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Where we work we need to remember about 10 long passwords which need to change every so often. I would like to create a utility which can potentially save these passwords in an encrypted file so that we can keep track of them.

I can think of some sort of dictionary passwd = {'host1':'pass1', 'host2':'pass2'}, etc, but I don't know what to do about encryption (absolutely zero experience in the topic).

So, my question is really two questions:

  1. Is there a Linux-based utility which lets you do that?
  2. If you were to program it in Python, how would you go about it?

A perk of approach two, would be for the software to update the ssh public keys after the password has been changed (you know the pain of updating ~15 tokens once you change your password).

As it can be expected, I have zero control over the actual network configuration and the management of scp keys. I can only hope to provide a simple utility to me an my very few coworkers so that, if we need to, we can retrieve a password on demand.


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4 Answers 4

up vote 3 down vote accepted

You might want to checkout ecryptfs. It should be available for any Linux OS. On Ubuntu, setting it up is as easy as

sudo apt-get install ecryptfs-utils

This creates a directory for encrypted files, typically called ~/.Private. To use it:

mount -t ecryptfs ~/.Private ~/Private

This mounts the encrypted files from ~/.Private at the mount point ~/Private. You can read/write the plain text files in ~/Private.

umount ~/Private

updates the encrypted files in ~/.Private and removes ~/Private.

See these links

for more information.

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Thank you, this approach may be what I needed. –  Escualo Jun 29 '10 at 19:54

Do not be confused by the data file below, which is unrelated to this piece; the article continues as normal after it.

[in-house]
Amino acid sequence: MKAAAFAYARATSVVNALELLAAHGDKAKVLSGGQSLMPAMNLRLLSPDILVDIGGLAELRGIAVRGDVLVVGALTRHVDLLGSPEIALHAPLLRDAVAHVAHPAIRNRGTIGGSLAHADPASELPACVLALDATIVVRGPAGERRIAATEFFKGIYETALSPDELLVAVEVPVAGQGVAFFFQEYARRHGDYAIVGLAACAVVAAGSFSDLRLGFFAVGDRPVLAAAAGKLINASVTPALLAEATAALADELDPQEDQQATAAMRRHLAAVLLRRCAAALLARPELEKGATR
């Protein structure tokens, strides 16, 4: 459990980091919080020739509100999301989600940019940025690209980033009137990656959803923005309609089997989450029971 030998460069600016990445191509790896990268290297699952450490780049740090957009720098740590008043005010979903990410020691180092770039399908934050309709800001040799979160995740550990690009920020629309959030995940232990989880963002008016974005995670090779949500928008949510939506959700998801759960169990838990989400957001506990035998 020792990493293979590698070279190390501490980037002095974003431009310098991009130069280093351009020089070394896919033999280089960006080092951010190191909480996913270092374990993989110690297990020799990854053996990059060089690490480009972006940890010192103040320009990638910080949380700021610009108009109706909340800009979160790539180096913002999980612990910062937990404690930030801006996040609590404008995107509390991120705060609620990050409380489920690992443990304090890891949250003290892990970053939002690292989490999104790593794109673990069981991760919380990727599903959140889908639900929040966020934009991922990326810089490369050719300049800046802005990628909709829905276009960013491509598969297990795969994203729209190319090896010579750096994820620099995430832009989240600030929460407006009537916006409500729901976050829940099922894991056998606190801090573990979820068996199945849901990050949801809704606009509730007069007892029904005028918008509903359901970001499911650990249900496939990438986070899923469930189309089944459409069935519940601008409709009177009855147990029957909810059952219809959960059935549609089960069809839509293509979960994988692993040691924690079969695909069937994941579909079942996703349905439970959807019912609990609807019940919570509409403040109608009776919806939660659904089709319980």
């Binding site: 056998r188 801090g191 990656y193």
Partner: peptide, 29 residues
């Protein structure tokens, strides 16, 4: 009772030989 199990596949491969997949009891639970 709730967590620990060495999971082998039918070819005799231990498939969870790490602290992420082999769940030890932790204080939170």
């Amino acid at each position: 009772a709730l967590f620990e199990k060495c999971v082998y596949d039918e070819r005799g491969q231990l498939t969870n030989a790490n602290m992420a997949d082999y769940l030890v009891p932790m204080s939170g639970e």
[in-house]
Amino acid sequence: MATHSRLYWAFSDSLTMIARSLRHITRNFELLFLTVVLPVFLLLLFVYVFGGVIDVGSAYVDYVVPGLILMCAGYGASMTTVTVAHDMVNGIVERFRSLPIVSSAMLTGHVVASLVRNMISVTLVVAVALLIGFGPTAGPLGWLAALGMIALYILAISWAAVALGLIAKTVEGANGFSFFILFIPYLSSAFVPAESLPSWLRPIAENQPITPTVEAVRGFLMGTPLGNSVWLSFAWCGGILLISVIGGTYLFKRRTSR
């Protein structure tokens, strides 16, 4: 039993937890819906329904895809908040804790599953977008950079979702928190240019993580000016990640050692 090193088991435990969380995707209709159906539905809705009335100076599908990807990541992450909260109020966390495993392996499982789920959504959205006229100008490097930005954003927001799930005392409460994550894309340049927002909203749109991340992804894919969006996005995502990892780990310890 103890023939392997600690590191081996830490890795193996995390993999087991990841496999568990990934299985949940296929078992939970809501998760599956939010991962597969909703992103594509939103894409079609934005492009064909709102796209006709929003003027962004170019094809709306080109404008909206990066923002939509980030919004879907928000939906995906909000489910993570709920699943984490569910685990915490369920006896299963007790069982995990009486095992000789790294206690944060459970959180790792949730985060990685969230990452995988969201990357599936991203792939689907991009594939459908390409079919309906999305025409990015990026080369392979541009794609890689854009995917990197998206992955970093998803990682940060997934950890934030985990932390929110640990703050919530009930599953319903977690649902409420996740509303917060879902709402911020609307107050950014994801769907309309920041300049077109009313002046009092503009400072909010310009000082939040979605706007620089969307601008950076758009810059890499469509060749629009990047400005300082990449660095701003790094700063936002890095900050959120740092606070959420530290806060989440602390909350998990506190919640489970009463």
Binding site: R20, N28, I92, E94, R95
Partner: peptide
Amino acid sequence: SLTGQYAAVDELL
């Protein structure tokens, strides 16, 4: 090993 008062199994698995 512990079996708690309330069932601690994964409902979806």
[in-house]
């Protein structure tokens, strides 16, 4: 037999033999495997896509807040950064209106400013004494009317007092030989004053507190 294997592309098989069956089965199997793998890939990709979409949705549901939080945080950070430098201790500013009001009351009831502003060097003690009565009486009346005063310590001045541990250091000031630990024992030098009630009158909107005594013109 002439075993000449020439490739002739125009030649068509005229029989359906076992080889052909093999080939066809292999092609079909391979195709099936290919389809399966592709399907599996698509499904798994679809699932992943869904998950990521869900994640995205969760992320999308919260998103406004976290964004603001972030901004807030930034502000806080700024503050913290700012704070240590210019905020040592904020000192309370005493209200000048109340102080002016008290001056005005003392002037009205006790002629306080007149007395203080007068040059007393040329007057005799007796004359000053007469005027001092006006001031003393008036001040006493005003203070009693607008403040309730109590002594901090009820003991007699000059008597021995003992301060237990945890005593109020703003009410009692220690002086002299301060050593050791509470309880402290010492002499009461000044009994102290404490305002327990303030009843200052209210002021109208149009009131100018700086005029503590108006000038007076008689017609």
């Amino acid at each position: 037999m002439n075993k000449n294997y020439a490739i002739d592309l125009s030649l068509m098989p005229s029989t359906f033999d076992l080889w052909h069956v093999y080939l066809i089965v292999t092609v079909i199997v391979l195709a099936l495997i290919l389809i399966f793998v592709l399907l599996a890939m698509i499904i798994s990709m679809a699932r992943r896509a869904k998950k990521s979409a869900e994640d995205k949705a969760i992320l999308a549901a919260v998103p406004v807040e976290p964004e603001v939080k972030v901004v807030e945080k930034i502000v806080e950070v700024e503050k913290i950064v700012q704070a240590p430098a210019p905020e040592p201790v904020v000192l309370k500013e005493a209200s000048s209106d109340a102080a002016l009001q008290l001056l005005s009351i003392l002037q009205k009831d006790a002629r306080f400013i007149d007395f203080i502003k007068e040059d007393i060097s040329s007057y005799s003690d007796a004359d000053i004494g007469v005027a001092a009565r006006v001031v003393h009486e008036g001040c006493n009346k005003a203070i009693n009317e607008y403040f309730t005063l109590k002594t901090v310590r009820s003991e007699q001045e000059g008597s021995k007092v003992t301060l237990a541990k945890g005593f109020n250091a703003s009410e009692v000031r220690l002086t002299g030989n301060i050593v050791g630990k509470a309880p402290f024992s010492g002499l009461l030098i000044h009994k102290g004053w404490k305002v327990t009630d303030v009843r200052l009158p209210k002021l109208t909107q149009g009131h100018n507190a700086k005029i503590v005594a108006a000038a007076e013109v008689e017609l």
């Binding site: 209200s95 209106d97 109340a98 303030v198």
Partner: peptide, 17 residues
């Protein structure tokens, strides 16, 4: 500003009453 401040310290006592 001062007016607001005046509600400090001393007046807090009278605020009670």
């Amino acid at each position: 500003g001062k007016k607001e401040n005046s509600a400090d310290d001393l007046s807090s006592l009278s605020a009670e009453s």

Answers to your questions:

  1. Yes. Take a look at KeePass.

  2. I wouldn't program a utility like this in Python, because there are available open source tools already. Furthermore, I would have concerns about protecting the unencrypted passwords as they were processed by a Python program.

Hope that helps.

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KeePass seems to be a Windows application; Python can work with encrypted hashes. –  Escualo Jun 7 '10 at 18:39
@Arrieta - Thanks - I mistyped the URL. I was trying to point to the Linux port of KeePass. I've corrected it now. –  Mox Jun 7 '10 at 18:47
I'm voting this answer up because I agree that an already-existing program should be used here. I'm not endorsing KeePass in particular, as I have not used it. Asking about password managers on serverfault or superuser might yield more alternatives. –  ʇsәɹoɈ Jun 7 '10 at 19:31
+1 keepassx is cross platform and a decent password manager –  John La Rooy Jun 7 '10 at 23:24

On first i think you can change passwords on md5 of this passwords.. it will give more safety.

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Yes, I am planning to use hashlib, but I don't know of a solid approach yet. –  Escualo Jun 7 '10 at 18:40

You could use TrueCrypt or AxCrypt -- both are Open Source solutions. I'll echo Mox's concerns about the unencrypted PWs.

Of course you could also follow Bruce Schneier's advice about password protection...

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